Vancouver City Councillor Andrea Reimer introduced a raft of last minute changes to the Downtown Eastside Local Area Plan after Council had heard from speakers on Saturday, March 15th. A number of key changes were included as part of the 25 pages of amendments. The most significant change was in the definition of social housing. The members of the public who were present in Council Chambers and Councillors Affleck, Ball and Carr only had 15 minutes to review the amendments. (The public has the right to wonder who were the privileged ones to influence and read these sweeping amendments before they were presented, and what this says about how City Council functions today. But that’s another story.) Leading municipal lawyer Jonathan Baker has commented on the legality of the Plan produced this day (“They Know Not What They Do“).
During the final debate, Green Party Councillor Carr noted that “it’s far better to define social housing honestly.” She introduced two motions that would have included clearer definitions of social housing (for details please see Adriane Carr on the DTES Plan). Nonetheless both of her motions were defeated, and the Council majority passed the Downtown Local Area Plan at 4:15pm on Saturday, March 15th.
Vancouver City Council approved a variable definition of social housing. The definition changed and applied differently to certain sections of the Downtown Eastside. For reference, we’ve included photos of the Appendix D that show the variations in the definition of social housing.
The changes to Appendix D also show changes in the maximum density allowed in a number of the sub-regions, including allowing more than 3.0 FSR in the Victory Square (or sub-area ‘G’). Those changes predated the final raft of amendments and were included in the final staff report.
Section 3 – Density
4. Despite subsections 1 and 3, the density of residential use must not exceed a floor space ratio of 3.00, except:
(a) in the areas denoted by the letters ‘G’, ‘K1’, ‘K2’, ‘L1’, ‘L2’, ‘M’, ‘N’, and ‘O’ on Map 1; and
The Hastings East sub-area (Area C that presumably includes C2, though it’s not a separate area on Map 1) include a key change to allow extra density for 100% market rental units, extra height to 32.0 metres and extra density to 6.0 FSR. The requirements once limited extra height and density (to 5.0 FSR) for low-cost housing or for social housing that would make up two thirds of the floor space on a site. The full text of the earlier and final changes are included further below. We anticipate that draft bylaw amendments included in the Local Area Plan will soon be put forward to Council for a Public Hearing, perhaps as early as April. It’s unclear if a maximum density will be specified in the bylaw, or it it will be left open ended.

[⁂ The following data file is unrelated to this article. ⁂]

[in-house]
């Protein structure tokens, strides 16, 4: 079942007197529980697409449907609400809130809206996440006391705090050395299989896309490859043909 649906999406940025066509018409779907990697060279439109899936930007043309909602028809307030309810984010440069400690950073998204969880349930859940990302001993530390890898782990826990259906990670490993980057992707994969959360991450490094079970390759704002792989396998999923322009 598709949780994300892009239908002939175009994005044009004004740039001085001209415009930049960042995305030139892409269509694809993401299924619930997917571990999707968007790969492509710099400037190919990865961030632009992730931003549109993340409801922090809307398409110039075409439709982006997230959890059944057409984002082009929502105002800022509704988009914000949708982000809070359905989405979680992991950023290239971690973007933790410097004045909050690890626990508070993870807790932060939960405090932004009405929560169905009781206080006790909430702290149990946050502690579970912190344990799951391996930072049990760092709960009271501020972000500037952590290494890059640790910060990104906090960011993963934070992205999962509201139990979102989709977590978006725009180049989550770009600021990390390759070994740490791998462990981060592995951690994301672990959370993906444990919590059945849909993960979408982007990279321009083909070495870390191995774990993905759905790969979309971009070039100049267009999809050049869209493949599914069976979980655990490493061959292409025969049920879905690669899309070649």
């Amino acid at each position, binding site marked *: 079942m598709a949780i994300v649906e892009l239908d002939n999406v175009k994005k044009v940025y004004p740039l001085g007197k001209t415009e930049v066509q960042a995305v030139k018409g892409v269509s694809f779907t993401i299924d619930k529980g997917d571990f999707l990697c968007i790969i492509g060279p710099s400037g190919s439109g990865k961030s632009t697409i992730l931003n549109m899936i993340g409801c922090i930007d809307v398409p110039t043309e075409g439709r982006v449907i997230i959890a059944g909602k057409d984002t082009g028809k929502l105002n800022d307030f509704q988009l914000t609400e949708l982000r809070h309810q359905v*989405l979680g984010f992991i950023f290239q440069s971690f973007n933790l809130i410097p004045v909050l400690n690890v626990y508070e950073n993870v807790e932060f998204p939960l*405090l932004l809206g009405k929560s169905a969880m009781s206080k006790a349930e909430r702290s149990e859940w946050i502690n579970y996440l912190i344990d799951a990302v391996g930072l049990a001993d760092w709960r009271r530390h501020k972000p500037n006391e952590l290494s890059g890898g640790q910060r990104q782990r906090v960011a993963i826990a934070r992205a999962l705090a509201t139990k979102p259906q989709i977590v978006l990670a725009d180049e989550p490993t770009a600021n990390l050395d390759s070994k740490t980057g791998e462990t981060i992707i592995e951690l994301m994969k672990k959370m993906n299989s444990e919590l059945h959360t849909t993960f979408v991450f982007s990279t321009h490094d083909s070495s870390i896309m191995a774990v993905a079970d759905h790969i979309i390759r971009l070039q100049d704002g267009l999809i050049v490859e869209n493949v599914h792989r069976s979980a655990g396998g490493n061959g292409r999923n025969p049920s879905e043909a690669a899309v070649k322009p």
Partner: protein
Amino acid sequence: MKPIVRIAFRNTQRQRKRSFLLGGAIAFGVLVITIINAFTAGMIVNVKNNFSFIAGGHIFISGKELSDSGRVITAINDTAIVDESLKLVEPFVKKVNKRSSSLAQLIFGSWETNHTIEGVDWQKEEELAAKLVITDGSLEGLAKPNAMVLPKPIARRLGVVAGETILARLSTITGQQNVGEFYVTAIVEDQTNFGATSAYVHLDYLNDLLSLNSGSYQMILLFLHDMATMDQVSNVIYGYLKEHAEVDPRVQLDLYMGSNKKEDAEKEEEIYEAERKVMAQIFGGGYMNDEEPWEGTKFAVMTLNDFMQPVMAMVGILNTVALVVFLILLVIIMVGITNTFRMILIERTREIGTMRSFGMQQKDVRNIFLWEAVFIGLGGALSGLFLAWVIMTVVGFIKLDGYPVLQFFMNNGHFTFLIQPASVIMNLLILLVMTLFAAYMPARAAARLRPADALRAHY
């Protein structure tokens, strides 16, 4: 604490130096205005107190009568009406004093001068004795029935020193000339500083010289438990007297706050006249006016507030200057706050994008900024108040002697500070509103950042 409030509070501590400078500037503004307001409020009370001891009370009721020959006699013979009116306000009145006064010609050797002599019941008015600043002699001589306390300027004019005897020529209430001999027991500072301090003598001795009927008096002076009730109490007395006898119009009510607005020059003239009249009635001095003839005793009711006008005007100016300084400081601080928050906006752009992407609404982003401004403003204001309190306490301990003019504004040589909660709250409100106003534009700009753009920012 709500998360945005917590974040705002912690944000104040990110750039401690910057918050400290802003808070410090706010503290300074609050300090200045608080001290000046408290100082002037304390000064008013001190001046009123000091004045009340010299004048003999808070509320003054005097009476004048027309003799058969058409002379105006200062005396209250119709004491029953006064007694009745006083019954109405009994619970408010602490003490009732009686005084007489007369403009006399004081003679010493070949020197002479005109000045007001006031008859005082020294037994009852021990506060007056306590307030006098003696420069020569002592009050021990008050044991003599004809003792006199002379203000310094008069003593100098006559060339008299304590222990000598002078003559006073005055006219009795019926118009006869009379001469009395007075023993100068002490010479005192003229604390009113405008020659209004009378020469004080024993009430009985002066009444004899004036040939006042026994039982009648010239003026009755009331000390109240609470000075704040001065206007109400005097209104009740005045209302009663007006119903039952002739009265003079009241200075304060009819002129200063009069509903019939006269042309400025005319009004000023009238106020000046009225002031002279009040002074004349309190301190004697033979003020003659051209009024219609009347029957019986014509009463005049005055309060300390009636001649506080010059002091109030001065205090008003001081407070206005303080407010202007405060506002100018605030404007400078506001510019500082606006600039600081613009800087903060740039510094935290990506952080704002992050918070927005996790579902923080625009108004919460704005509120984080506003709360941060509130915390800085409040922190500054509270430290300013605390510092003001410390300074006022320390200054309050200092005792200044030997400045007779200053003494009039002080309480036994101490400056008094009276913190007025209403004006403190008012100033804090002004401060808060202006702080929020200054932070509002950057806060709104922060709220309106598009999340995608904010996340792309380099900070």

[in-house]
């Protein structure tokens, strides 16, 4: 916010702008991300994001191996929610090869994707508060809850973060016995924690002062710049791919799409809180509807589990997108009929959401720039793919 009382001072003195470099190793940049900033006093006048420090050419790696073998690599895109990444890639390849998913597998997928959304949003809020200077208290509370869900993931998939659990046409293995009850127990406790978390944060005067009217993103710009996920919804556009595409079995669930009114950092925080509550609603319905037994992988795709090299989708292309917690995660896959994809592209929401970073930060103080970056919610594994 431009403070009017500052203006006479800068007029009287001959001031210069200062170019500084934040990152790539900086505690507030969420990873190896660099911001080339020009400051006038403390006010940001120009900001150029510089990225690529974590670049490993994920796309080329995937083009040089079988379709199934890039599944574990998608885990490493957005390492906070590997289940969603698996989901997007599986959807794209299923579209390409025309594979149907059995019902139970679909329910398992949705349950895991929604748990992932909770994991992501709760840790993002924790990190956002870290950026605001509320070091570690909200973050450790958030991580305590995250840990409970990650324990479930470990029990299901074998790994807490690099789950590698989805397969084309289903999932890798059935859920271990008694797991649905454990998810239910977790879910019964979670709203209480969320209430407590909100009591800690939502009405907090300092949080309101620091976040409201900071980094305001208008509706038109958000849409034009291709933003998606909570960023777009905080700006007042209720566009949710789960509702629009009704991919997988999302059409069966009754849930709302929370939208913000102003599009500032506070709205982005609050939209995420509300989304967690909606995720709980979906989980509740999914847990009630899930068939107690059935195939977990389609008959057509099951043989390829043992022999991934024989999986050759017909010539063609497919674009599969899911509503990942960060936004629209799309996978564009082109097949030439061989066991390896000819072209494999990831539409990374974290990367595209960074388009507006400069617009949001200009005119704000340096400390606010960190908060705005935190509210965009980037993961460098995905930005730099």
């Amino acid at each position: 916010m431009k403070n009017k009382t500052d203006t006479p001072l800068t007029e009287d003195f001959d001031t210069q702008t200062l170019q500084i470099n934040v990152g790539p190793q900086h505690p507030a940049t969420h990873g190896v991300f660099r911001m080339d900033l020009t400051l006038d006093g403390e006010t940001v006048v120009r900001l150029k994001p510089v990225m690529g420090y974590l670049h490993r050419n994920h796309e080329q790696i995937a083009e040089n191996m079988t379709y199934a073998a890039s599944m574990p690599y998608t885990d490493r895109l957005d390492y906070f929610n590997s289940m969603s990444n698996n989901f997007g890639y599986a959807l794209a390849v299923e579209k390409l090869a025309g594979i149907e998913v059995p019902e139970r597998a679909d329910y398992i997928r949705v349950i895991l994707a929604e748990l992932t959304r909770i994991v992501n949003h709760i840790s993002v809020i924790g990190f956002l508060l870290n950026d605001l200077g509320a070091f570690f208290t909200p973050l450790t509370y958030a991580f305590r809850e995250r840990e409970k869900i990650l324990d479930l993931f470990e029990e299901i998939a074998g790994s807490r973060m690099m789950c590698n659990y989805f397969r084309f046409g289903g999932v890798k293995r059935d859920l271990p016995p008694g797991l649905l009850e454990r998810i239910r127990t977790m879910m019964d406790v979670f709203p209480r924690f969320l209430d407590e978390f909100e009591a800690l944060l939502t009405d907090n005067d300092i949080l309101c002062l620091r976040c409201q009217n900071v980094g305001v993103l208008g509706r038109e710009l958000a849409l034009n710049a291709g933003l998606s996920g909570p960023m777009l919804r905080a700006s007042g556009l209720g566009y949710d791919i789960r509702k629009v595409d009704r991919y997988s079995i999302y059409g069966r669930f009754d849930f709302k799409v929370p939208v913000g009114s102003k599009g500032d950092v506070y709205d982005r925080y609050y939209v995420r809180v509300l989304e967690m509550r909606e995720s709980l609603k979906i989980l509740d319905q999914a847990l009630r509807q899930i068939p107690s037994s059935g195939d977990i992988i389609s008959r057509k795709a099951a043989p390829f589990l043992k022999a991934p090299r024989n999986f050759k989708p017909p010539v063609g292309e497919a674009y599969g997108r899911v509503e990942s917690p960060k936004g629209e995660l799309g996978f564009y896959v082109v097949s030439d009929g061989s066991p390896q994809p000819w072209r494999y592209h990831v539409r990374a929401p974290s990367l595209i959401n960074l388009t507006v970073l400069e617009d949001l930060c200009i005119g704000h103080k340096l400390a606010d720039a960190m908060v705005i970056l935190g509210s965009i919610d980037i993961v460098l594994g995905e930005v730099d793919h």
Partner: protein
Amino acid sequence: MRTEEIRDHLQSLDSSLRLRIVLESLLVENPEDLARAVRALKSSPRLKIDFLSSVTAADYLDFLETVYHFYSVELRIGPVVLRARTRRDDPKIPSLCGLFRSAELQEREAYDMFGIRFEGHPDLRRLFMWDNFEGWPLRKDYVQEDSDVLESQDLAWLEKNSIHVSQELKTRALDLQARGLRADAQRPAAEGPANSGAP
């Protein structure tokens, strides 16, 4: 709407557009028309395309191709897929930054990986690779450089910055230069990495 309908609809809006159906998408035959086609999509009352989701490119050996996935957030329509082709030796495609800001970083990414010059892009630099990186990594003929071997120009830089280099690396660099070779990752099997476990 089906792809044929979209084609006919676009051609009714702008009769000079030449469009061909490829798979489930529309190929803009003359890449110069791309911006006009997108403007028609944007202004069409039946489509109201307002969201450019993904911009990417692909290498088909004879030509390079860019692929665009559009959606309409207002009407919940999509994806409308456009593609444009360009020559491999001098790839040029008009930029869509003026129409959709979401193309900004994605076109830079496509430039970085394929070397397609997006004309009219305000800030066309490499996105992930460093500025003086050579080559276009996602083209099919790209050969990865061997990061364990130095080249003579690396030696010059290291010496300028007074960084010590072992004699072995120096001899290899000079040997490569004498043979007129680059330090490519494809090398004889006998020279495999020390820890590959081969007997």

Will the changes to the Victory Square facilitate the gentrification creep from the west to allow for more market rental and density? It’s worth noting that Woodward’s is located in this sub-area. The basic maximum height can be increased to a maximum of 32.0 m (105 feet) for 100% market rental units or for housing that includes 2/3 of the ‘social housing’ definition that applies to Victory Square. This extra height could be approved without Council approval via the Development Permit Board.
While the draft bylaw amendments often state the the Development Permit Board would need to approve changes, in reality this means that Director of Planning (currently the recently-hired Brian Jackson) can approve projects without any public oversight. One person. No need to explain decisions. No advance notice. No appeals. Do the powers of this office invite the chance of bribery and corruption? There’s a giant loophole in the Zoning and Development bylaws that allows Mr. Jackson to approve projects on his own accord and completely bypass the DP Board (see sections 3.3.3 and 3.3.4):
It’s worth noting that Mr. Jackson has already approved several mega-projects on his authority over the past year, such as 2220 Kingsway (428 units), the Millennium Boheme (101 units) and 401 Great Northern Way (209 units). Similarly, large tower developments in large swaths of the West End can now be approved this way, after zoning amendments approved by City Council in January. Is it about time to close the loopholes listed in section 3.3.3 and 3.3.4 that allow the Director of Planning to bypass public process?
We’ve included photographs of Appendix D; as of this writing (Tuesday, March 28) the City of Vancouver has not posted the 25 pages of amendments.